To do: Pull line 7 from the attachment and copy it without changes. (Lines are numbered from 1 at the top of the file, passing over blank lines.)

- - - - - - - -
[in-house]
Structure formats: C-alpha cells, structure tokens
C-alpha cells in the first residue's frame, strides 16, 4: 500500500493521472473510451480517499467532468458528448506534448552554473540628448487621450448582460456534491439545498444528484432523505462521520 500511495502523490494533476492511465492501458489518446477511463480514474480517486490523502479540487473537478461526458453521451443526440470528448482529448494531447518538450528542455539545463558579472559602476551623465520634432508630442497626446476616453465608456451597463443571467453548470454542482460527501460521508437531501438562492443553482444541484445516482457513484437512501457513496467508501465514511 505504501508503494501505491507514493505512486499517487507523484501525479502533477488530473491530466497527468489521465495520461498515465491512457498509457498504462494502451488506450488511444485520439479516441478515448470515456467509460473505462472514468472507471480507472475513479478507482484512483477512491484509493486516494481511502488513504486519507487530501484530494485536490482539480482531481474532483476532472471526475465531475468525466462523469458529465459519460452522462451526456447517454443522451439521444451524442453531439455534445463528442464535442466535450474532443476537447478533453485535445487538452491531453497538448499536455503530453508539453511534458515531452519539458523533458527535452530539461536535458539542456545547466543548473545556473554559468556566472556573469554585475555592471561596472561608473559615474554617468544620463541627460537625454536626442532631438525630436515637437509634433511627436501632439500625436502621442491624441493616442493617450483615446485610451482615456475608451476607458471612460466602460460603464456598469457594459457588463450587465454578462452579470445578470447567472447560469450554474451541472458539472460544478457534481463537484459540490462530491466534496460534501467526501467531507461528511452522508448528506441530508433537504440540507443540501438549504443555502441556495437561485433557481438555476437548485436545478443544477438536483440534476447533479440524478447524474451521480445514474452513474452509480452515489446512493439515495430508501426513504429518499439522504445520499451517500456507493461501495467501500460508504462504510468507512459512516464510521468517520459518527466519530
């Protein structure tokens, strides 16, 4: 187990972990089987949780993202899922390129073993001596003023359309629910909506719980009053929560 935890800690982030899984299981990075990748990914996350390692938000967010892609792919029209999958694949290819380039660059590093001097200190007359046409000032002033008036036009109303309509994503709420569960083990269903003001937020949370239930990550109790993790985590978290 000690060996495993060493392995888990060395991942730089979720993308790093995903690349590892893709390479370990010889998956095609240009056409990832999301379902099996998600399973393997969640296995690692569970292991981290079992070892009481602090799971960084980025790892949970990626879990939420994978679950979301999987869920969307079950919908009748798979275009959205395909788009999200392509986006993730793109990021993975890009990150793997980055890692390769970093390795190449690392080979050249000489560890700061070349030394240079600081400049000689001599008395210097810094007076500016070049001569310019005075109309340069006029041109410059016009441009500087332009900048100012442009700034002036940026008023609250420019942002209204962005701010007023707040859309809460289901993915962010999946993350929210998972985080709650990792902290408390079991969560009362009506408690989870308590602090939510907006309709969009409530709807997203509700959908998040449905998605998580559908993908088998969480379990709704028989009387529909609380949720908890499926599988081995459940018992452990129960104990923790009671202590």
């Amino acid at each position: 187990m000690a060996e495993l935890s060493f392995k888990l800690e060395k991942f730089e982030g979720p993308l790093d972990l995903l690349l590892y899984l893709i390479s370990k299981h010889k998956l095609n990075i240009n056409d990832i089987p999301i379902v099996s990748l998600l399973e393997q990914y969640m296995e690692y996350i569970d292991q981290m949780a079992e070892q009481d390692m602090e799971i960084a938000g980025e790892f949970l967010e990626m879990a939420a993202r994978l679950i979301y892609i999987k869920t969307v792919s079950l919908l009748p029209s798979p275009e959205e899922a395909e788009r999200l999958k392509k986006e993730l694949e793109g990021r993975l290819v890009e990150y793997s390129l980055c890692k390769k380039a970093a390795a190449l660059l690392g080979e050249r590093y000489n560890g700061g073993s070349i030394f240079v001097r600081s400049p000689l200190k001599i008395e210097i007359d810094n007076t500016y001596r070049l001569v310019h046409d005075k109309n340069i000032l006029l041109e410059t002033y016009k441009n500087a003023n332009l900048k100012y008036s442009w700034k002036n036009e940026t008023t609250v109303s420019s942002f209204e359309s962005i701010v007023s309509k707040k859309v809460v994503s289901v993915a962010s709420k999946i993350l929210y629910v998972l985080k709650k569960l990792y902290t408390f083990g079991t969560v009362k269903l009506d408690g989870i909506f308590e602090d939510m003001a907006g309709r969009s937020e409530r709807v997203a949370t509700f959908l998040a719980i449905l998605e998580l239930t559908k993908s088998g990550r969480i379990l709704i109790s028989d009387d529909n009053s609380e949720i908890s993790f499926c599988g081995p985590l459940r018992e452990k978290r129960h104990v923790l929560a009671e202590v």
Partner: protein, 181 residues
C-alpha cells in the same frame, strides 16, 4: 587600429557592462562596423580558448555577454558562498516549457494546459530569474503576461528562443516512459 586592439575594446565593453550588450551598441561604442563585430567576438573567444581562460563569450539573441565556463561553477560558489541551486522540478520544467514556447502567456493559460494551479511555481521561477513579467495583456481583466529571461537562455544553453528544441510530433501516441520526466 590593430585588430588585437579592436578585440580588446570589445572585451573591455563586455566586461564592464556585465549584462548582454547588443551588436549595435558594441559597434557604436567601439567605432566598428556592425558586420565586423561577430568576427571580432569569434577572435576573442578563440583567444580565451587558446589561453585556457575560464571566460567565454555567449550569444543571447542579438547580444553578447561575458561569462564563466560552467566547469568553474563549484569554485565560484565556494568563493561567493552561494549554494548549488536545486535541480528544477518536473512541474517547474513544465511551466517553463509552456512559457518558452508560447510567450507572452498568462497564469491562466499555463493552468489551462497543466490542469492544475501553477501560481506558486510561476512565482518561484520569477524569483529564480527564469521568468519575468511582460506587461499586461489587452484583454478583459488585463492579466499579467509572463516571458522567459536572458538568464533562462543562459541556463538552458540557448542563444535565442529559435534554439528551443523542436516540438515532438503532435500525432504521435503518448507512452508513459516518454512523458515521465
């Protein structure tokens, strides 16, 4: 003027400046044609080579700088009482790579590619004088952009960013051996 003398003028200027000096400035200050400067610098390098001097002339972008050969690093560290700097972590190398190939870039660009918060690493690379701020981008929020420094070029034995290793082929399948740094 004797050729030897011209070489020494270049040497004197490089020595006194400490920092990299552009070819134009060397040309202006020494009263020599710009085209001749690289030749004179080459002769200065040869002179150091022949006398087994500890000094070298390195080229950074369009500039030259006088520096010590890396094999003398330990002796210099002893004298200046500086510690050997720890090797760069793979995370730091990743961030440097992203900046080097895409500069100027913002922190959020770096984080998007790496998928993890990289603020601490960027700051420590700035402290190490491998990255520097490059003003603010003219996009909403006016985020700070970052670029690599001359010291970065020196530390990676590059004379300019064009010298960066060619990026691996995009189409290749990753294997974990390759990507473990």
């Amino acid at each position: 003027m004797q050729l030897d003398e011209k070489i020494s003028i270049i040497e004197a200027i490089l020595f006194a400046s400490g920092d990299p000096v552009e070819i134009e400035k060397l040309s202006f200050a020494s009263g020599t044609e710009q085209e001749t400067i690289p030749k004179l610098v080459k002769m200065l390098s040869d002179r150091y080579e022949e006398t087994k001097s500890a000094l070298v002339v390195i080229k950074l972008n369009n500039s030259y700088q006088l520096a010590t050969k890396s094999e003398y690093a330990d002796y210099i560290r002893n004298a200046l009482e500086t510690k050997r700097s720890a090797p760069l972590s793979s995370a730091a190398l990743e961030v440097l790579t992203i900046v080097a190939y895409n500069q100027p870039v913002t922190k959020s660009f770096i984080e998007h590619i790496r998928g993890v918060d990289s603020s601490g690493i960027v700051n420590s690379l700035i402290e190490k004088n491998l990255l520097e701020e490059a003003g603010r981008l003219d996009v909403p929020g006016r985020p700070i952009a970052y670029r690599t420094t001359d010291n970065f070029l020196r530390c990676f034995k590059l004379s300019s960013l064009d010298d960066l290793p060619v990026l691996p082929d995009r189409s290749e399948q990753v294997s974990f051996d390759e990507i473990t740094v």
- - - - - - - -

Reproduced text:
C-alpha cells in the same frame, strides 16, 4: 587600429557592462562596423580558448555577454558562498516549457494546459530569474503576461528562443516512459 586592439575594446565593453550588450551598441561604442563585430567576438573567444581562460563569450539573441565556463561553477560558489541551486522540478520544467514556447502567456493559460494551479511555481521561477513579467495583456481583466529571461537562455544553453528544441510530433501516441520526466 590593430585588430588585437579592436578585440580588446570589445572585451573591455563586455566586461564592464556585465549584462548582454547588443551588436549595435558594441559597434557604436567601439567605432566598428556592425558586420565586423561577430568576427571580432569569434577572435576573442578563440583567444580565451587558446589561453585556457575560464571566460567565454555567449550569444543571447542579438547580444553578447561575458561569462564563466560552467566547469568553474563549484569554485565560484565556494568563493561567493552561494549554494548549488536545486535541480528544477518536473512541474517547474513544465511551466517553463509552456512559457518558452508560447510567450507572452498568462497564469491562466499555463493552468489551462497543466490542469492544475501553477501560481506558486510561476512565482518561484520569477524569483529564480527564469521568468519575468511582460506587461499586461489587452484583454478583459488585463492579466499579467509572463516571458522567459536572458538568464533562462543562459541556463538552458540557448542563444535565442529559435534554439528551443523542436516540438515532438503532435500525432504521435503518448507512452508513459516518454512523458515521465